- Matthew Lopas
- Self-Portrait at Hendrix
- Oil on wood
- 24 x 22 inches
- Courtesy of the artist
Matthew Lopas graduated from the University of Michigan in 1988 with a B.A. in Chinese Studies. He had a longstanding interest in Chinese philosophy and culture, plus had studied karate and tai chi, so the discipline felt like a natural fit. He spent his junior year in China studying Mandarin at Nanjing University with the Council for International Education Exchange.
At the University of Michigan Residential College, Lopas took several drawing and sculpture classes. After graduation, he wanted to continue taking art courses, so he enrolled in the School of the Art Institute of Chicago. He graduated with a B.F.A. in Painting and Drawing in 1991 and then enrolled at Yale University, where he earned an MFA in Painting and Printmaking in 1995.
After holding many part-time teaching jobs in Connecticut and New York, Lopas applied for a faculty position at Hendrix College. He had not heard of the school, but the job seemed like a perfect fit. When Lopas visited Hendrix for his interview, he fell in love with the campus and its culture. He started teaching at the college in 2000.
Lopas continues to teach Art at Hendrix and enjoys how the college’s small class sizes let him work closely with students in a non-competitive atmosphere. His favorite courses to teach include Digital Drawing and History of Materials and Techniques of Painting. The latter course introduces students to art making through historic materials; they begin the semester harvesting pigment from creeks in Petit Jean State Park and making paint from scratch, then use processes like egg tempera and fresco before ending the semester with Renaissance oil glazes.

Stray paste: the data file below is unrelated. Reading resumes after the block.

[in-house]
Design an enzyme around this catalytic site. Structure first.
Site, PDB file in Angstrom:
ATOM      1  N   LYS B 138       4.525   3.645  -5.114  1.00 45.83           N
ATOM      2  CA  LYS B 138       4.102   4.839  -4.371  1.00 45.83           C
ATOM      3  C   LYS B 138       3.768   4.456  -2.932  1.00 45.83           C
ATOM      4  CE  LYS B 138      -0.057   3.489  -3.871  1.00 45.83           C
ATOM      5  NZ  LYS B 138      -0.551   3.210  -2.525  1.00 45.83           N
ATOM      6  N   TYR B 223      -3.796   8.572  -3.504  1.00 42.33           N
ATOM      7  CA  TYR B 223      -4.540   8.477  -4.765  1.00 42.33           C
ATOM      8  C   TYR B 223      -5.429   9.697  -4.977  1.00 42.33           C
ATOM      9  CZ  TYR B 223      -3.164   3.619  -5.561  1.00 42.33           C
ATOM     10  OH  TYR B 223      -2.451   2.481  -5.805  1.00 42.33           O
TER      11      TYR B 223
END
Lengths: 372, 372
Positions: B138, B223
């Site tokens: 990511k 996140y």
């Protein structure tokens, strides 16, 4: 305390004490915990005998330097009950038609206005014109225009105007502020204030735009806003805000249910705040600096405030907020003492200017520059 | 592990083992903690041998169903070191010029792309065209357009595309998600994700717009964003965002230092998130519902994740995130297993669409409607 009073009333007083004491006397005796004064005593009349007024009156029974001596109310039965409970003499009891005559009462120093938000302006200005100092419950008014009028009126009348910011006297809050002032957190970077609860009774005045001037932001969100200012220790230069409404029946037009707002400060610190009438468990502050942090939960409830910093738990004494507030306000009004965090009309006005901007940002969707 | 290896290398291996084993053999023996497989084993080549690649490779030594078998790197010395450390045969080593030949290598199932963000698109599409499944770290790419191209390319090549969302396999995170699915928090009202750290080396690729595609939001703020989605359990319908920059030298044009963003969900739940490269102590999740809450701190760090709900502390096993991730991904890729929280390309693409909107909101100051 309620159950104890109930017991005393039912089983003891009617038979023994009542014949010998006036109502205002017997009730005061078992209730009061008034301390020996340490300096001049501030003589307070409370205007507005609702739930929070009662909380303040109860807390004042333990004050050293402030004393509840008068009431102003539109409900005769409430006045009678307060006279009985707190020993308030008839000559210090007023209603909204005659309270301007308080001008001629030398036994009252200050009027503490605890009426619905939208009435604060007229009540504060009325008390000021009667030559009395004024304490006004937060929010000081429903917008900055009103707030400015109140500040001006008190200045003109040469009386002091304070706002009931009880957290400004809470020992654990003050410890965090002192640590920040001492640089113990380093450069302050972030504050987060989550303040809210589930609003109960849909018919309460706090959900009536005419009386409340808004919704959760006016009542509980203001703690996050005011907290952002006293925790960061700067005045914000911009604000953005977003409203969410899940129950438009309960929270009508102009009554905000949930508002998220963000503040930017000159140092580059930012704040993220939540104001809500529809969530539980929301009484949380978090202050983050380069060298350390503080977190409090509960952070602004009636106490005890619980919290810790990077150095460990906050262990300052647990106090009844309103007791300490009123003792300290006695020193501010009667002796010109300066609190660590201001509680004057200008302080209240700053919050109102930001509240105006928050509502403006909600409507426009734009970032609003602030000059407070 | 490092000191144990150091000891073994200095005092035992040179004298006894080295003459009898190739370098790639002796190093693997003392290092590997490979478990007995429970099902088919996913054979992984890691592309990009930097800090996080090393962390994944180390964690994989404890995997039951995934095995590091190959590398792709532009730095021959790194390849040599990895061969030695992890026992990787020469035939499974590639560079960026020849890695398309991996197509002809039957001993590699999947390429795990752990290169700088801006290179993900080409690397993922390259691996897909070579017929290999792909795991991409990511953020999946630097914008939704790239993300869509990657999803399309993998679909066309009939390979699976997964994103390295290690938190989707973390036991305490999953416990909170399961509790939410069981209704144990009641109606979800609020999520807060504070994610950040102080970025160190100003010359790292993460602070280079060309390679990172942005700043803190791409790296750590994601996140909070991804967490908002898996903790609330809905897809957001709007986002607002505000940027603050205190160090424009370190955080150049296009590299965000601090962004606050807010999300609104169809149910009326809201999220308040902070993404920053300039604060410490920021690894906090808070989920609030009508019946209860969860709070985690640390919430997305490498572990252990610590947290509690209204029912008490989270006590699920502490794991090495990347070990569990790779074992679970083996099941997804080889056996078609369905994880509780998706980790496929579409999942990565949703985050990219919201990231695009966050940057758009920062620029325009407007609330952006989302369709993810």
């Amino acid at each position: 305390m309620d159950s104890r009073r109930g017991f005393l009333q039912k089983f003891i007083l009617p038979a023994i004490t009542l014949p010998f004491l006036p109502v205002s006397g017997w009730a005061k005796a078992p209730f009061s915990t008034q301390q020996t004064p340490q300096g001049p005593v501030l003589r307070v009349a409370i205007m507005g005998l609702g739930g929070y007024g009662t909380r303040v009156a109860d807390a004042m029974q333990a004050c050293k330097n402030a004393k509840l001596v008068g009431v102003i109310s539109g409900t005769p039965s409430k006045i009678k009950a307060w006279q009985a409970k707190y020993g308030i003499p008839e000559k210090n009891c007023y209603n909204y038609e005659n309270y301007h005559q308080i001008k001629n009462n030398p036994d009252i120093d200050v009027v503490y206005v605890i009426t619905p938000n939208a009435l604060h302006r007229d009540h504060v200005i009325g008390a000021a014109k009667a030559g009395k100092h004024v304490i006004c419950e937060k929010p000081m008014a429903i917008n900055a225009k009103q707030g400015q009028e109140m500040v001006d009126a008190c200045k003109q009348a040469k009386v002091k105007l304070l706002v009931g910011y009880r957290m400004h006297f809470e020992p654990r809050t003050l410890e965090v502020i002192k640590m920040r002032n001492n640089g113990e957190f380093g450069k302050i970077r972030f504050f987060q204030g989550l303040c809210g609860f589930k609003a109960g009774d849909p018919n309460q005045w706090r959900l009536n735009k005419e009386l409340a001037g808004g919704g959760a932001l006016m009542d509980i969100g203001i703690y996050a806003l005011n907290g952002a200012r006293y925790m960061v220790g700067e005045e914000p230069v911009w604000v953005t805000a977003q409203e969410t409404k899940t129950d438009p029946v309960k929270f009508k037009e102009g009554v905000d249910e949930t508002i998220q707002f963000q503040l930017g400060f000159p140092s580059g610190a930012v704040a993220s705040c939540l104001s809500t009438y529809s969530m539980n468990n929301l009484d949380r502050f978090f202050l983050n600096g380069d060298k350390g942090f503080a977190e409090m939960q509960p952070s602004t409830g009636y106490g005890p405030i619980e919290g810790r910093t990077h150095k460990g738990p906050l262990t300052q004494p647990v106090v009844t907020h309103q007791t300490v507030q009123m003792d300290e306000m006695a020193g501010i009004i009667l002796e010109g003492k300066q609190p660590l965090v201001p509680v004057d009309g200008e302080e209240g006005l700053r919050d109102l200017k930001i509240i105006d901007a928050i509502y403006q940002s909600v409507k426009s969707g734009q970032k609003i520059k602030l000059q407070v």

Lopas is a professional exhibiting artist, even given the time constraints of being a full-time professor. He is in numerous collections, shows work nationally, and is represented locally at Boswell Morout Fine Art in Little Rock. Lopas worked on Self-Portrait at Hendrix between classes for a semester, hoping to capture his love for the Art Complex’s Drawing studio. He designed the space as a new professor, alongside his wife, painter and Educational Consultant Susan Clark, and has taught within it for almost two decades. Lopas particularly wanted to capture the room’s large mirror and the refracted rainbow light, which spills through the building’s clerestory.
The portrait consists of four pieces. Rather than merely looking out and painting what is directly before him, Lopas turn his gaze as he paints, moving from one distant point to another. He finds inspiration in panoramic paintings, a phenomenon begun by the Romans which reached prominence in the 19th Century. Lopas currently leads a group of artists interested in this art form entitled Painting 360 – Contemporary Variations of the Painted Panorama.